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Art and Images in Psychiatry
February 2005

The Metamorphosis of Narcissus

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Copyright 2005 American Medical Association. All Rights Reserved. Applicable FARS/DFARS Restrictions Apply to Government Use.2005

Arch Gen Psychiatry. 2005;62(2):124-125. doi:10.1001/archpsyc.62.2.124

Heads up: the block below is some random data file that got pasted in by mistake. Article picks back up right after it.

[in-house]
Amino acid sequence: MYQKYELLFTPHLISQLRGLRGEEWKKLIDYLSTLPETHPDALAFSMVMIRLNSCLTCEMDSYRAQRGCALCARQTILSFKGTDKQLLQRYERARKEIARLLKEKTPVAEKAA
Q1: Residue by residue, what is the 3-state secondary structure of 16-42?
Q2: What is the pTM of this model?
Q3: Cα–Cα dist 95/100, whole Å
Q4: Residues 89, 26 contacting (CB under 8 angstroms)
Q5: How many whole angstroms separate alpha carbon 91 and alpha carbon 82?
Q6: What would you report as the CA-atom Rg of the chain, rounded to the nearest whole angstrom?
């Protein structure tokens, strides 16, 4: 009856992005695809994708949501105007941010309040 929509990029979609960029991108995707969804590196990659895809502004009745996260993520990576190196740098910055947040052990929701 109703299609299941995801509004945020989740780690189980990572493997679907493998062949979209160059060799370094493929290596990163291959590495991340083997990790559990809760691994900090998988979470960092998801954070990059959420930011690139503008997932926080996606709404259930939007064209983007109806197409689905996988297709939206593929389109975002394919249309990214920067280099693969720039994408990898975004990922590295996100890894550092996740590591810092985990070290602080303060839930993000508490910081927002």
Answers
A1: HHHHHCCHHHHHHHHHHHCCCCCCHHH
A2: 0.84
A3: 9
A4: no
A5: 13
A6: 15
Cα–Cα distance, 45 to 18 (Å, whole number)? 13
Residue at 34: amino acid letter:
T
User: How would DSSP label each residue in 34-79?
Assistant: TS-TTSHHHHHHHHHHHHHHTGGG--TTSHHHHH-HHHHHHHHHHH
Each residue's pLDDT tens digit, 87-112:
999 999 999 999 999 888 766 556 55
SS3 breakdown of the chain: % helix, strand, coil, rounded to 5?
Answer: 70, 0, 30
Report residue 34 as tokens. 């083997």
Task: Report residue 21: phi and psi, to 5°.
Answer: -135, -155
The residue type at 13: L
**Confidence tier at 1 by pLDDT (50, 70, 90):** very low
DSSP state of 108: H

Salvador Dalí (1904-1989), the leading painter among the surrealists, was one of the most prolific artists of the 20th century; he was a painter, illustrator, sculptor, writer, and filmmaker. A centennial exhibition begins this month in Philadelphia, Pa,1 to celebrate his achievements. Dalí was the son of a prestigious notary in the small town of Figuera in Catalonia in northern Spain. He was named after a brother who died of gastroenteritis at 21 months of age, 9 months before his birth. In his autobiography, Dalí wrote, “[M]y brother and I resembled one another like two drops of water, but we had different reflections. . . . I was . . . polymorphous[ly] perverse.”2(p2)Artistically talented from early childhood, he began drawing lessons at age 10 years and studied at the Royal Academy of Art in Madrid, Spain. He was expelled twice from the Academy and did not take the final examinations because he felt he was more qualified than those who would examine him.

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